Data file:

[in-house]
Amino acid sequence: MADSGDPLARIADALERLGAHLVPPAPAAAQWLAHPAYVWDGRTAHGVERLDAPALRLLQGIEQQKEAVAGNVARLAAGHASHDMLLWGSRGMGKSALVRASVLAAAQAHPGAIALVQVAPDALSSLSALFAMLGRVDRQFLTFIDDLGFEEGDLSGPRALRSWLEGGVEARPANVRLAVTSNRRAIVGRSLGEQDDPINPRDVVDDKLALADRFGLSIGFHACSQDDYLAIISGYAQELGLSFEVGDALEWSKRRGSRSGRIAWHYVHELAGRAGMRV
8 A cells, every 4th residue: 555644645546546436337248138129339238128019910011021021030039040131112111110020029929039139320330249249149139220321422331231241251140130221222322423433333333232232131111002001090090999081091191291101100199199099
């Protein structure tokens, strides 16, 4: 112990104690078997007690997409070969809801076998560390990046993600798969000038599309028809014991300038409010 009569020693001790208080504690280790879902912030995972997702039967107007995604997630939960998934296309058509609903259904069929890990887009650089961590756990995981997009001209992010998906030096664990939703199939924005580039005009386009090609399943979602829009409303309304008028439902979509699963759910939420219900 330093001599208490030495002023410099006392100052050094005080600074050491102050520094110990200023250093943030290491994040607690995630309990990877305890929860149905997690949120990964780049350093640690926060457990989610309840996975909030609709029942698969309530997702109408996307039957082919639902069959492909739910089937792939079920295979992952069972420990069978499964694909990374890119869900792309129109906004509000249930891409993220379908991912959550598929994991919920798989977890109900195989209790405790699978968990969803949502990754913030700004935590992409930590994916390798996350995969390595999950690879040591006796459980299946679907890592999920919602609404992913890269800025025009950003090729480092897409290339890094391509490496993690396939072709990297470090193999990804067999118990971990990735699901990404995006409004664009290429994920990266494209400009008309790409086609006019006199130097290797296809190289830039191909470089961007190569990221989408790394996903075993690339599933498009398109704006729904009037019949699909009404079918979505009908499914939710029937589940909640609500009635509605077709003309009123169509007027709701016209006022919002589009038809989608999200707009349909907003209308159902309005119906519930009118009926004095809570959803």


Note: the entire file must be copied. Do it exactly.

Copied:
[in-house]
Amino acid sequence: MADSGDPLARIADALERLGAHLVPPAPAAAQWLAHPAYVWDGRTAHGVERLDAPALRLLQGIEQQKEAVAGNVARLAAGHASHDMLLWGSRGMGKSALVRASVLAAAQAHPGAIALVQVAPDALSSLSALFAMLGRVDRQFLTFIDDLGFEEGDLSGPRALRSWLEGGVEARPANVRLAVTSNRRAIVGRSLGEQDDPINPRDVVDDKLALADRFGLSIGFHACSQDDYLAIISGYAQELGLSFEVGDALEWSKRRGSRSGRIAWHYVHELAGRAGMRV
8 A cells, every 4th residue: 555644645546546436337248138129339238128019910011021021030039040131112111110020029929039139320330249249149139220321422331231241251140130221222322423433333333232232131111002001090090999081091191291101100199199099
């Protein structure tokens, strides 16, 4: 112990104690078997007690997409070969809801076998560390990046993600798969000038599309028809014991300038409010 009569020693001790208080504690280790879902912030995972997702039967107007995604997630939960998934296309058509609903259904069929890990887009650089961590756990995981997009001209992010998906030096664990939703199939924005580039005009386009090609399943979602829009409303309304008028439902979509699963759910939420219900 330093001599208490030495002023410099006392100052050094005080600074050491102050520094110990200023250093943030290491994040607690995630309990990877305890929860149905997690949120990964780049350093640690926060457990989610309840996975909030609709029942698969309530997702109408996307039957082919639902069959492909739910089937792939079920295979992952069972420990069978499964694909990374890119869900792309129109906004509000249930891409993220379908991912959550598929994991919920798989977890109900195989209790405790699978968990969803949502990754913030700004935590992409930590994916390798996350995969390595999950690879040591006796459980299946679907890592999920919602609404992913890269800025025009950003090729480092897409290339890094391509490496993690396939072709990297470090193999990804067999118990971990990735699901990404995006409004664009290429994920990266494209400009008309790409086609006019006199130097290797296809190289830039191909470089961007190569990221989408790394996903075993690339599933498009398109704006729904009037019949699909009404079918979505009908499914939710029937589940909640609500009635509605077709003309009123169509007027709701016209006022919002589009038809989608999200707009349909907003209308159902309005119906519930009118009926004095809570959803």